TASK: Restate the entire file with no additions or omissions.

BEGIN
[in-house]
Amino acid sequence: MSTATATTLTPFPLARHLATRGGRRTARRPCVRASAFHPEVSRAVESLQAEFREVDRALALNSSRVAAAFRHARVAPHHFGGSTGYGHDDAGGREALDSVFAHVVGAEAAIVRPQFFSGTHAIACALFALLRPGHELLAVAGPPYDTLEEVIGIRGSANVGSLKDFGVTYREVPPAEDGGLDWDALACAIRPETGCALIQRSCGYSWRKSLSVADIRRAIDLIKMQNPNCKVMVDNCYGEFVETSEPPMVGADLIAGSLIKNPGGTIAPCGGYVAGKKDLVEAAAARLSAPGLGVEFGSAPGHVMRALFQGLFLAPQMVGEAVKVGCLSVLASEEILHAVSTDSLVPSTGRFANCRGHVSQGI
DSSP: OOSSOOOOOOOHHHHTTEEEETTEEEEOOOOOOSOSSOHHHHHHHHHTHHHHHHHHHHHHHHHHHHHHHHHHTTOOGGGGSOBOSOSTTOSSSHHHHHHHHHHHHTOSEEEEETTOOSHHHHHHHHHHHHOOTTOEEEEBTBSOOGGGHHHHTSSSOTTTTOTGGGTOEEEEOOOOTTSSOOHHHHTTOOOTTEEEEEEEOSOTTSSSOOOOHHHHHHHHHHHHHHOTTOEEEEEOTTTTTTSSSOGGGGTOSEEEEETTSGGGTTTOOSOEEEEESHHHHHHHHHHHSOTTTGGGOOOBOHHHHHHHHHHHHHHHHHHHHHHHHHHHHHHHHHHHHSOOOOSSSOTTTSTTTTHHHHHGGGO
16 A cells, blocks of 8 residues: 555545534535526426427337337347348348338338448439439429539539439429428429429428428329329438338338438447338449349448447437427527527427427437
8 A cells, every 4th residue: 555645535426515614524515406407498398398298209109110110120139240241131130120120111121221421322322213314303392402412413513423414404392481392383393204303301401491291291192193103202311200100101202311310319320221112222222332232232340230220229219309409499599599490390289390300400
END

[in-house]
Amino acid sequence: MSTATATTLTPFPLARHLATRGGRRTARRPCVRASAFHPEVSRAVESLQAEFREVDRALALNSSRVAAAFRHARVAPHHFGGSTGYGHDDAGGREALDSVFAHVVGAEAAIVRPQFFSGTHAIACALFALLRPGHELLAVAGPPYDTLEEVIGIRGSANVGSLKDFGVTYREVPPAEDGGLDWDALACAIRPETGCALIQRSCGYSWRKSLSVADIRRAIDLIKMQNPNCKVMVDNCYGEFVETSEPPMVGADLIAGSLIKNPGGTIAPCGGYVAGKKDLVEAAAARLSAPGLGVEFGSAPGHVMRALFQGLFLAPQMVGEAVKVGCLSVLASEEILHAVSTDSLVPSTGRFANCRGHVSQGI
DSSP: OOSSOOOOOOOHHHHTTEEEETTEEEEOOOOOOSOSSOHHHHHHHHHTHHHHHHHHHHHHHHHHHHHHHHHHTTOOGGGGSOBOSOSTTOSSSHHHHHHHHHHHHTOSEEEEETTOOSHHHHHHHHHHHHOOTTOEEEEBTBSOOGGGHHHHTSSSOTTTTOTGGGTOEEEEOOOOTTSSOOHHHHTTOOOTTEEEEEEEOSOTTSSSOOOOHHHHHHHHHHHHHHOTTOEEEEEOTTTTTTSSSOGGGGTOSEEEEETTSGGGTTTOOSOEEEEESHHHHHHHHHHHSOTTTGGGOOOBOHHHHHHHHHHHHHHHHHHHHHHHHHHHHHHHHHHHHSOOOOSSSOTTTSTTTTHHHHHGGGO
16 A cells, blocks of 8 residues: 555545534535526426427337337347348348338338448439439429539539439429428429429428428329329438338338438447338449349448447437427527527427427437
8 A cells, every 4th residue: 555645535426515614524515406407498398398298209109110110120139240241131130120120111121221421322322213314303392402412413513423414404392481392383393204303301401491291291192193103202311200100101202311310319320221112222222332232232340230220229219309409499599599490390289390300400